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50 Years Ago: Ali-Liston and the Mystery of the Phantom Punch

Longtime boxing fans would be quick to tell you that the recent Floyd Mayweather-Manny Pacquiao fight was not the first bigtime bout that failed to live up to its hype. One of the best examples of this happened 50 years ago this month when Muhammad Ali took on Sonny Liston in Lewiston, Maine in a highly anticipated rematch. Those expecting an epic battle were instead served a two minute fiasco which resulted in Ali being credited with a 1st round knockout. Half a century later, experts are still debating what happened in Lewiston on the night of May 25, 1965. Although there are many unanswered questions, it really boils down to two…was Liston really knocked out by a solid punch or did he take a dive?

Sunny-Liston-vs-Muhammad-AliThe road to Lewiston actually began 15 months earlier in Miami Beach, Florida on the night of February 25, 1964 when heavyweight champion Charles “Sonny” Liston entered the ring a 7-1 favorite to defend his title against the 22 year old Ali, who was still known as Cassius Clay. Liston, coming off two straight one-round knockout wins over Floyd Patterson and considered unbeatable, was totally outclassed for six rounds. When the bell rang for Round 7, Liston, claiming an injured shoulder, refused to leave his corner, thereby forfeiting his crown to his jubilant opponent. Immediately, much of the sporting public became suspicious of the fight’s unsatisfactory ending. While some accused Liston of throwing the fight, a charge made reasonable considering Liston’s ties to organized crime, the probable truth is that Liston was overconfident and undertrained for the fight.

A rematch was scheduled for November 16, 1964 at the Boston Gardens. After their first meeting, Cassius Clay had joined the Nation of Islam, and had changed his name to Muhammad Ali, instantly becoming the most controversial figure in sports. Liston, apparently stung by the loss of his heavyweight title, trained furiously for his second fight with Ali, reportedly getting down to 208 lbs, ten pounds lighter than he was at Miami Beach. But three days before the fight, Ali suffered a hernia, resulting in a six month postponement of the fight. Liston, claiming to be 32 years of age, but probably at least three years older, was disheartened…he had gotten himself in shape for nothing, and now would have to do it all over again.

Rescheduled for May 25th, 1965, the political climate surrounding the fight started to get dicey. The assassination of Malcom X revealed that the American Islam community had become split into warring factions, and some feared Ali could become a target for revenge. The financial entity staging the fight, Inter-Continental Promotions, had been found in violation of contract rules by including a return bout clause with Ali, should he win the first fight, which actually gave Liston, a partner with Inter-Continental, an incentive to lose the Miami Beach contest. Three weeks before the fight, Inter-Continental, rather than battling with the Massachusetts Athletic Commission, pulled the fight out of Boston Garden, and moved it to Lewiston, Maine’s 4,500 seat Central Maine Youth Center…Ali-Liston II was already obtaining a small town carnival atmosphere.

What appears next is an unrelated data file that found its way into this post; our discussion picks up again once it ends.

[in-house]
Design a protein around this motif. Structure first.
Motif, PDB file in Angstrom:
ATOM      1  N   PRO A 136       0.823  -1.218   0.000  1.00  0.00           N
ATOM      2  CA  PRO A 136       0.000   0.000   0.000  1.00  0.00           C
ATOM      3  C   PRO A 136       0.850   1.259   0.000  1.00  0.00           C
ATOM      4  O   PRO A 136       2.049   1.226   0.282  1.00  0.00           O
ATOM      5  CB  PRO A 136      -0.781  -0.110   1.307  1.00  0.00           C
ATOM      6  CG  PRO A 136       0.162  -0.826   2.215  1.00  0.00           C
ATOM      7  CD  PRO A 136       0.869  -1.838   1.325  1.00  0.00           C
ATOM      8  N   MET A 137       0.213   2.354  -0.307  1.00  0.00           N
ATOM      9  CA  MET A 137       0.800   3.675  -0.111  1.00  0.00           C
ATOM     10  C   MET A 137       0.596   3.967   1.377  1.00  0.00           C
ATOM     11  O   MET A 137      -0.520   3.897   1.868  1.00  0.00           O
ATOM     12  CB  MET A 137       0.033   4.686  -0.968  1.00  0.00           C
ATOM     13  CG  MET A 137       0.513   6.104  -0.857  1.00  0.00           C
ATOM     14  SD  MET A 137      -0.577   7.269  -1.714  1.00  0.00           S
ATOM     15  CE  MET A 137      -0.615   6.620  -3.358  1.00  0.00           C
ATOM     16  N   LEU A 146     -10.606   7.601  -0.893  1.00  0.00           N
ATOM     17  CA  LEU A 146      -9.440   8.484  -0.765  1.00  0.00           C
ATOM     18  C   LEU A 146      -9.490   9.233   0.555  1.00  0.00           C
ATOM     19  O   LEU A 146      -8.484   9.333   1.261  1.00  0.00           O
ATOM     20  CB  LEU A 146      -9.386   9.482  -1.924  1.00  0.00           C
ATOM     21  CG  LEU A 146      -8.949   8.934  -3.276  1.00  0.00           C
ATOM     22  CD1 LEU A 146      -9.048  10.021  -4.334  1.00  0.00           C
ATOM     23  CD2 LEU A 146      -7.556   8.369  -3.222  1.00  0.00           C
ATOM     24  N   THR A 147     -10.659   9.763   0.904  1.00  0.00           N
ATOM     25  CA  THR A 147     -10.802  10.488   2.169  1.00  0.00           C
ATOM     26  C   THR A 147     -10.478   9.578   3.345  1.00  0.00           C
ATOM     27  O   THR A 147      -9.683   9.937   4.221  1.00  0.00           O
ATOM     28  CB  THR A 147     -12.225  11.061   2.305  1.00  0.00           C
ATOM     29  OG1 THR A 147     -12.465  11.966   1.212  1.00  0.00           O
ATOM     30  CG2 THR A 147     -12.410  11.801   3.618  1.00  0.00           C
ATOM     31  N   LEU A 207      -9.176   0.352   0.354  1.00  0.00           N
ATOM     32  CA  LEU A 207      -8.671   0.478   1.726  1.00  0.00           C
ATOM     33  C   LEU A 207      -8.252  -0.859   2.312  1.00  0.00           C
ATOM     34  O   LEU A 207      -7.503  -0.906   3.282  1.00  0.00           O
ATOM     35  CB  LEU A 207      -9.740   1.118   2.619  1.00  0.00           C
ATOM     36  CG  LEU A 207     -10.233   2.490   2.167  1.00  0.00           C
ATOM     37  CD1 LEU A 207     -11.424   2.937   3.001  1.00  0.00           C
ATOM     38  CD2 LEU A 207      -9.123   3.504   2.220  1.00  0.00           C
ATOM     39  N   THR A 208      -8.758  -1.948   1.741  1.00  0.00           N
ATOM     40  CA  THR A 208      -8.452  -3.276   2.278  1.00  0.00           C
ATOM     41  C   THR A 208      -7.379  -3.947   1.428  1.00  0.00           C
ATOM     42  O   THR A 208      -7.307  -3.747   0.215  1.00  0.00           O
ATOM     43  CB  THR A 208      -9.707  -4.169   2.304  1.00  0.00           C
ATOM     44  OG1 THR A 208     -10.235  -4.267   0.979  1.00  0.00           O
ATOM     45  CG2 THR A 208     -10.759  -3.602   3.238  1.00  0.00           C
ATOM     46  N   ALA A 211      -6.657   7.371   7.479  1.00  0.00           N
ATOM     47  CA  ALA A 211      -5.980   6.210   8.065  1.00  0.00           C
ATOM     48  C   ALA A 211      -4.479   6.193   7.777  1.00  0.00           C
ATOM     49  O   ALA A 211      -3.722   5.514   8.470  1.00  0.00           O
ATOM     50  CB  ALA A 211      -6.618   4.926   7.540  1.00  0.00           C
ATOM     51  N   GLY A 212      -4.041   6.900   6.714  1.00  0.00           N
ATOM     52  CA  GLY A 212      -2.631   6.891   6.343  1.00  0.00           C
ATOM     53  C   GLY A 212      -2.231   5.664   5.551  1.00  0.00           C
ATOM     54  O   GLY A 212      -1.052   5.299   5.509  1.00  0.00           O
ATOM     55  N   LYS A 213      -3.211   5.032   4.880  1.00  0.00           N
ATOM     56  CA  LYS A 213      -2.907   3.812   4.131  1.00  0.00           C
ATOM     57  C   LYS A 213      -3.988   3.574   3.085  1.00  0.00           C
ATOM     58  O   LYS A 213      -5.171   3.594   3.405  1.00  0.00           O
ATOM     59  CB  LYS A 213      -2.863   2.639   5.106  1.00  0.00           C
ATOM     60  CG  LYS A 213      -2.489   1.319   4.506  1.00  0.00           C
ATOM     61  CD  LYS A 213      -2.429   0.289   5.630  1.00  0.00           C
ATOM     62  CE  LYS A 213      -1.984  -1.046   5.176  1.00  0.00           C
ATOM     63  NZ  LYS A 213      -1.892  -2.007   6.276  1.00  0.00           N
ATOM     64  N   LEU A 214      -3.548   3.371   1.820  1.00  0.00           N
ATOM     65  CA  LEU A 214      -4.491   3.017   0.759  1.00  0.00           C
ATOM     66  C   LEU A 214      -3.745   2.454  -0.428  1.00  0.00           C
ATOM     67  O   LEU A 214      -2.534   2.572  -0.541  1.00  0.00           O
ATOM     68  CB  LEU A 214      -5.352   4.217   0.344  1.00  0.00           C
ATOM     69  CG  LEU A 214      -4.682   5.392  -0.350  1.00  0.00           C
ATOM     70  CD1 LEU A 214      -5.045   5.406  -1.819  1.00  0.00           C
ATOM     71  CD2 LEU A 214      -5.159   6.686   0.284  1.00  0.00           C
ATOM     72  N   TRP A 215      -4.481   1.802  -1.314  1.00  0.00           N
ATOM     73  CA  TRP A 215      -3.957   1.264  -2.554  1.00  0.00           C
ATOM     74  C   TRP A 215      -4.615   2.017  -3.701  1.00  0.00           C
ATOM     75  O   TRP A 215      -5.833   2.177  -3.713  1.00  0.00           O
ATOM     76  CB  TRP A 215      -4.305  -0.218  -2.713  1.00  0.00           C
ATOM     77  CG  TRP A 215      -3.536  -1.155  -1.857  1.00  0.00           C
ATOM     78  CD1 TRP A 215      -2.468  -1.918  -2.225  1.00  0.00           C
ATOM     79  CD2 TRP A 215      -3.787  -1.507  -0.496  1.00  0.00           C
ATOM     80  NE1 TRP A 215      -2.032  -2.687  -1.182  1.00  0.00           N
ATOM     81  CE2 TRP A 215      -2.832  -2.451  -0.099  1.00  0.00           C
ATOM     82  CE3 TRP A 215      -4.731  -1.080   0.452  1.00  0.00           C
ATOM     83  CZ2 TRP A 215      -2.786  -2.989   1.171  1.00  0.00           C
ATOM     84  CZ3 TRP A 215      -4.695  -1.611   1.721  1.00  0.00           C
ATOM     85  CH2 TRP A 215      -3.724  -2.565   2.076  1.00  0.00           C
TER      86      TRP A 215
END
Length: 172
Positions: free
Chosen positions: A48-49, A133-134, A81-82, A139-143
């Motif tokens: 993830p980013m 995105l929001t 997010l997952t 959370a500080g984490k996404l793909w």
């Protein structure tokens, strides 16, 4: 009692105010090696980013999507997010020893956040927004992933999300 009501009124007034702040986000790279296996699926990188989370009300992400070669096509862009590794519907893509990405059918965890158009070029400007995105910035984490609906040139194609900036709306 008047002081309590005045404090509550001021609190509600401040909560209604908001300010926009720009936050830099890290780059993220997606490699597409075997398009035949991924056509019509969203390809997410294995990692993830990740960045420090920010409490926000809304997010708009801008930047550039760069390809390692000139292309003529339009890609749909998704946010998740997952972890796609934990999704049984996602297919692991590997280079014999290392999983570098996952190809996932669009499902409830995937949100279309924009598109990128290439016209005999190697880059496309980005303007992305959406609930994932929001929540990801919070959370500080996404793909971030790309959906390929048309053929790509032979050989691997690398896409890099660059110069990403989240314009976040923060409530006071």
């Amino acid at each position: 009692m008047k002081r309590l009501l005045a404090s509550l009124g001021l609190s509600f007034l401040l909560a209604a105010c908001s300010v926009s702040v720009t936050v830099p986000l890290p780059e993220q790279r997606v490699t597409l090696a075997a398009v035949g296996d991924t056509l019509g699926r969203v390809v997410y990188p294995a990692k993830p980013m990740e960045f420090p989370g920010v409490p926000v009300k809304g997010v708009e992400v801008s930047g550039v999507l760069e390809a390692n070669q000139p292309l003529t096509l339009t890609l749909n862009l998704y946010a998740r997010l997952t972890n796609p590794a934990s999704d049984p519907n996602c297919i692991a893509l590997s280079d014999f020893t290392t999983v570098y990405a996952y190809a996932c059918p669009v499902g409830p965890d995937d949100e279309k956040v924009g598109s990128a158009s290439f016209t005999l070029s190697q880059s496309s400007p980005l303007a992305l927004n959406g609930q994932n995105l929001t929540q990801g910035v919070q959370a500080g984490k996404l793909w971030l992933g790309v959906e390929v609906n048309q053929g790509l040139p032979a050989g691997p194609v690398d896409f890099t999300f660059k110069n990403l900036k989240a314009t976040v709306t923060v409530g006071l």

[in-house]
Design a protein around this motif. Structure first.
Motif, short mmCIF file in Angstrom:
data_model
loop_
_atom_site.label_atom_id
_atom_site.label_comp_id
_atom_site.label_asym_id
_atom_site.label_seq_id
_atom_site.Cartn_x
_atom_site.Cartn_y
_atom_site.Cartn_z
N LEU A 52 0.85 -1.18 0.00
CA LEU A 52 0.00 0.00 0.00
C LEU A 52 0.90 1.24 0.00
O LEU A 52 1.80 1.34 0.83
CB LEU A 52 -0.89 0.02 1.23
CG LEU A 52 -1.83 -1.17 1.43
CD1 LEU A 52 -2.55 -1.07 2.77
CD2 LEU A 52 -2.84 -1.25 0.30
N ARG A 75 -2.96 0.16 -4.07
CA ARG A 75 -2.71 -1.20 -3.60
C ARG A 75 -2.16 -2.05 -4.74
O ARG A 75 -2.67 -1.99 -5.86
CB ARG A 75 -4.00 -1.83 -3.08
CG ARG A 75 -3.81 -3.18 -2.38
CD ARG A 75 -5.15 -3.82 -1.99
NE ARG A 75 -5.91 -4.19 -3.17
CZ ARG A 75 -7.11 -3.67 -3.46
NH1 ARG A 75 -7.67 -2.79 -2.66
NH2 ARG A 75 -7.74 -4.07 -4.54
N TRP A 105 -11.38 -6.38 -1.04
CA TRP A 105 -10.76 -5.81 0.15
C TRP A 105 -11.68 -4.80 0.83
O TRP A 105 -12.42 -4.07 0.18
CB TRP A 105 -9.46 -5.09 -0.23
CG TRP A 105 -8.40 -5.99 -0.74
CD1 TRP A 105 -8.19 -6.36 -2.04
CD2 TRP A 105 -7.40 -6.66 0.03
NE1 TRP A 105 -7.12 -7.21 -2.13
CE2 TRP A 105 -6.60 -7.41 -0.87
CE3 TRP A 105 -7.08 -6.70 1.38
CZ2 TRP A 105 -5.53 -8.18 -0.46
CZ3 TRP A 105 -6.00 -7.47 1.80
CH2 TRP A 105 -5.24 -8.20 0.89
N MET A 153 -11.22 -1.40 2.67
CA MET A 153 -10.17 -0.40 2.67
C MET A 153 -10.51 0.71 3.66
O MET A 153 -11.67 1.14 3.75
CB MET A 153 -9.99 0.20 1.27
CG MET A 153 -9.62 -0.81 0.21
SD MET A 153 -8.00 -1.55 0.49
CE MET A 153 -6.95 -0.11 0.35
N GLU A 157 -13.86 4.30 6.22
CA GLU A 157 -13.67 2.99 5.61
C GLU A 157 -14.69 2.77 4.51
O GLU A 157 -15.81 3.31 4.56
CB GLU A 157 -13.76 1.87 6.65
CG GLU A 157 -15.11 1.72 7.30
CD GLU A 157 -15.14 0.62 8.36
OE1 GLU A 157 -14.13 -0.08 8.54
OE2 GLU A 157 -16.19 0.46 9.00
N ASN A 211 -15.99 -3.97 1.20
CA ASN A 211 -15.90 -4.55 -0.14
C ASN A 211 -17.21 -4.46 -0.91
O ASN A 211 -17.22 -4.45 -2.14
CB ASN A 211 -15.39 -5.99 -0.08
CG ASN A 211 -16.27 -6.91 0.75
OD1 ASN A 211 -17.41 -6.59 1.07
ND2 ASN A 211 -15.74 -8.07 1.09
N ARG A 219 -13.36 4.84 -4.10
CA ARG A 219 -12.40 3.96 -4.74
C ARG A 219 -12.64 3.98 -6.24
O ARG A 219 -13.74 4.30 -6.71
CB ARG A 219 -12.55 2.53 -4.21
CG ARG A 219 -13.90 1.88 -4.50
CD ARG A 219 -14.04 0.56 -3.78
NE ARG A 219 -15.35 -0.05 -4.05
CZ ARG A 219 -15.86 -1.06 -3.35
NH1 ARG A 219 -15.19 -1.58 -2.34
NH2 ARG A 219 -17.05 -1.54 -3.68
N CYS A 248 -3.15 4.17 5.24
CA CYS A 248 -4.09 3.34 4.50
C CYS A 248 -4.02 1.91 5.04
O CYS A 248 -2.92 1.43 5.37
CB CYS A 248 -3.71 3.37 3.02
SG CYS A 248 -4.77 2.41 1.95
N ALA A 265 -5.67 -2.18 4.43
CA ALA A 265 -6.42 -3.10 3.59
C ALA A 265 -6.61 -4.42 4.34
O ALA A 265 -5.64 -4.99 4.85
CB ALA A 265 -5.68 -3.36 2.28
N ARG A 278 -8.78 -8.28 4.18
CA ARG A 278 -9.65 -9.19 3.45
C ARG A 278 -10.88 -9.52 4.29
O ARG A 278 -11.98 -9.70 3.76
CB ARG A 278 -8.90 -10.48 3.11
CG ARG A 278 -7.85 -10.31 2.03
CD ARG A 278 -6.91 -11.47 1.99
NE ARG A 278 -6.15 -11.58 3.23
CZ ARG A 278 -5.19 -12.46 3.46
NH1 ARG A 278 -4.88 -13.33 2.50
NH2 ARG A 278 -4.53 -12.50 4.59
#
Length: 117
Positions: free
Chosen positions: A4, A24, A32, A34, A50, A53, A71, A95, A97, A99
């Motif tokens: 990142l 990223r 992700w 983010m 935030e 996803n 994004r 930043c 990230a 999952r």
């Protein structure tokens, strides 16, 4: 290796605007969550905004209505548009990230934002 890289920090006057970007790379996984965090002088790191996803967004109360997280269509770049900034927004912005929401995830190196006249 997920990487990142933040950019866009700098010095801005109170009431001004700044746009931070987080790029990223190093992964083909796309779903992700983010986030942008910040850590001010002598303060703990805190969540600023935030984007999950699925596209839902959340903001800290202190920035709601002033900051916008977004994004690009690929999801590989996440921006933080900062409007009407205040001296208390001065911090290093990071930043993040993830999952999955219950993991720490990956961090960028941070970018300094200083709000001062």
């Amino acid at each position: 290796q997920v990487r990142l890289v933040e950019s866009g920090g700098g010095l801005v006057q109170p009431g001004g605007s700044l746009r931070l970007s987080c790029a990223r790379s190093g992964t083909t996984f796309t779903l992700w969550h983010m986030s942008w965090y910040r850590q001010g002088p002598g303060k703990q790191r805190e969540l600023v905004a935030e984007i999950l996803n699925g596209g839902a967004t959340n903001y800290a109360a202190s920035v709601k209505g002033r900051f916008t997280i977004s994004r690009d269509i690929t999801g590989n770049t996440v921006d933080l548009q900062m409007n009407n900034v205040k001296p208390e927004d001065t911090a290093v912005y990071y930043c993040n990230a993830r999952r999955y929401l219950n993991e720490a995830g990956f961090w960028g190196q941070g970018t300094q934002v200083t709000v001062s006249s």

Only 2,434 fans were present as the referee, former heavyweight champion Jersey Joe Walcott, gave Muhammad Ali and Sonny Liston their pre-fight instructions. The evening had already begun in bizarre fashion when singer Robert Goulet forgot the words to the National Anthem. Ali, fighting at a surprisingly trim 206, started fast by landing a good right hand seconds after the opening bell. Liston, weighing 215, immediately began stalking Ali, but was unable to land anything effective during the fight’s opening minute. After taking another solid right to the head, Liston followed Ali towards the corner and attempted to connect with a long left-jab. While avoiding Liston’s punch, Ali came over the top with a quick right that hit Sonny’s left cheek, sending him to the canvas at the 1:43 mark. As Liston lay on the mat, Ali stood over him, taunting him to get up. Walcott tried to push Ali to a neutral corner, but Ali paid little attention to him, and after looming over Sonny, he took a victory lap around the ring. In attempting to rise, Liston made it to one knee, 5d88a47cbbd84e65b0cc576bd70bafe8-5d88a47cbbd84e65b0cc576bd70bafe8-0rolled over to his back again, and then managed to get to his feet at 2:01, his time on the canvas clocking in at around 18 seconds. As Walcott wiped off Liston’s gloves, his attention turned to ringside, where Ring Magazine editor Nat Fleischer, who was sitting next to timekeeper Frances McDonough, was calling Walcott over to his side of the ring. Leaving the fighters, Walcott, ran across the ring and briefly conferred with McDonough, who informed Jersey Joe that he had counted Liston out, and the fight should be over. Meanwhile Ali and Liston resumed fighting, with Ali raining punches in Liston’s direction but missing virtually all of them. Walcott quickly returned to separate the fighters, declaring Ali the winner at 2:11 of the first round, setting off an immediate storm of protest and disgust from the media and the rest of the small crowd. Cries of “fix”, “setup” and “sham” were heard throughout the arena, with Ali’s winning right described as a “phantom Punch.” For many days and weeks, the fight was discussed, rehashed and debated, while the video of the fight quickly became boxing’s version the Zapruder film of the JFK assassination. Over the years, the second Ali-Liston fight has inspired many different theories, involving everything from a mob fix to Liston being threatened by members of the Black Muslims. But there are a few, including me, who feel the fight was on the level, or at least started out that way, until the 1st round knockdown turned the event into one of confusion and chaos.